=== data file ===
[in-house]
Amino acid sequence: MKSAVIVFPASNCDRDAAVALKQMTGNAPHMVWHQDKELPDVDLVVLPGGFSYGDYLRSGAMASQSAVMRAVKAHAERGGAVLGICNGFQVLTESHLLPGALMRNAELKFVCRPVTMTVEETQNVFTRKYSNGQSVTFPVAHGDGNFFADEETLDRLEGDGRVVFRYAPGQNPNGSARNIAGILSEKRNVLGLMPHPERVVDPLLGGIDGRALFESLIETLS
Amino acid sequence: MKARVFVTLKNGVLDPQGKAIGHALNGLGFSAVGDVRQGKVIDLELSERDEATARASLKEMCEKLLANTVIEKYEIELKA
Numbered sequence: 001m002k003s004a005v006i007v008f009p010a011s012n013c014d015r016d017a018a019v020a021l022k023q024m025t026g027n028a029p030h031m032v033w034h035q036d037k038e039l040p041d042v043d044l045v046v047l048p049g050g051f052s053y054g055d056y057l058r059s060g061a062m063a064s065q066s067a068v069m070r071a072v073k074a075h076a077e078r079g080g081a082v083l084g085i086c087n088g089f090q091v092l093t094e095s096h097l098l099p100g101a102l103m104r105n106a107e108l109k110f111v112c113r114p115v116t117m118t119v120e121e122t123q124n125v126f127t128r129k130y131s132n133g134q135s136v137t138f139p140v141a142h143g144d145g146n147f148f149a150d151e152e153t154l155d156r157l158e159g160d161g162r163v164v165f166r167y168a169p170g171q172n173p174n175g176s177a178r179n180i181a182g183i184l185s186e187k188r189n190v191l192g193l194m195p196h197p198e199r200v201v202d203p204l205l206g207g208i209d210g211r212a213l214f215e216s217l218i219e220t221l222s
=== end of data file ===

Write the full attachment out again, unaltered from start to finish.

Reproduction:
[in-house]
Amino acid sequence: MKSAVIVFPASNCDRDAAVALKQMTGNAPHMVWHQDKELPDVDLVVLPGGFSYGDYLRSGAMASQSAVMRAVKAHAERGGAVLGICNGFQVLTESHLLPGALMRNAELKFVCRPVTMTVEETQNVFTRKYSNGQSVTFPVAHGDGNFFADEETLDRLEGDGRVVFRYAPGQNPNGSARNIAGILSEKRNVLGLMPHPERVVDPLLGGIDGRALFESLIETLS
Amino acid sequence: MKARVFVTLKNGVLDPQGKAIGHALNGLGFSAVGDVRQGKVIDLELSERDEATARASLKEMCEKLLANTVIEKYEIELKA
Numbered sequence: 001m002k003s004a005v006i007v008f009p010a011s012n013c014d015r016d017a018a019v020a021l022k023q024m025t026g027n028a029p030h031m032v033w034h035q036d037k038e039l040p041d042v043d044l045v046v047l048p049g050g051f052s053y054g055d056y057l058r059s060g061a062m063a064s065q066s067a068v069m070r071a072v073k074a075h076a077e078r079g080g081a082v083l084g085i086c087n088g089f090q091v092l093t094e095s096h097l098l099p100g101a102l103m104r105n106a107e108l109k110f111v112c113r114p115v116t117m118t119v120e121e122t123q124n125v126f127t128r129k130y131s132n133g134q135s136v137t138f139p140v141a142h143g144d145g146n147f148f149a150d151e152e153t154l155d156r157l158e159g160d161g162r163v164v165f166r167y168a169p170g171q172n173p174n175g176s177a178r179n180i181a182g183i184l185s186e187k188r189n190v191l192g193l194m195p196h197p198e199r200v201v202d203p204l205l206g207g208i209d210g211r212a213l214f215e216s217l218i219e220t221l222s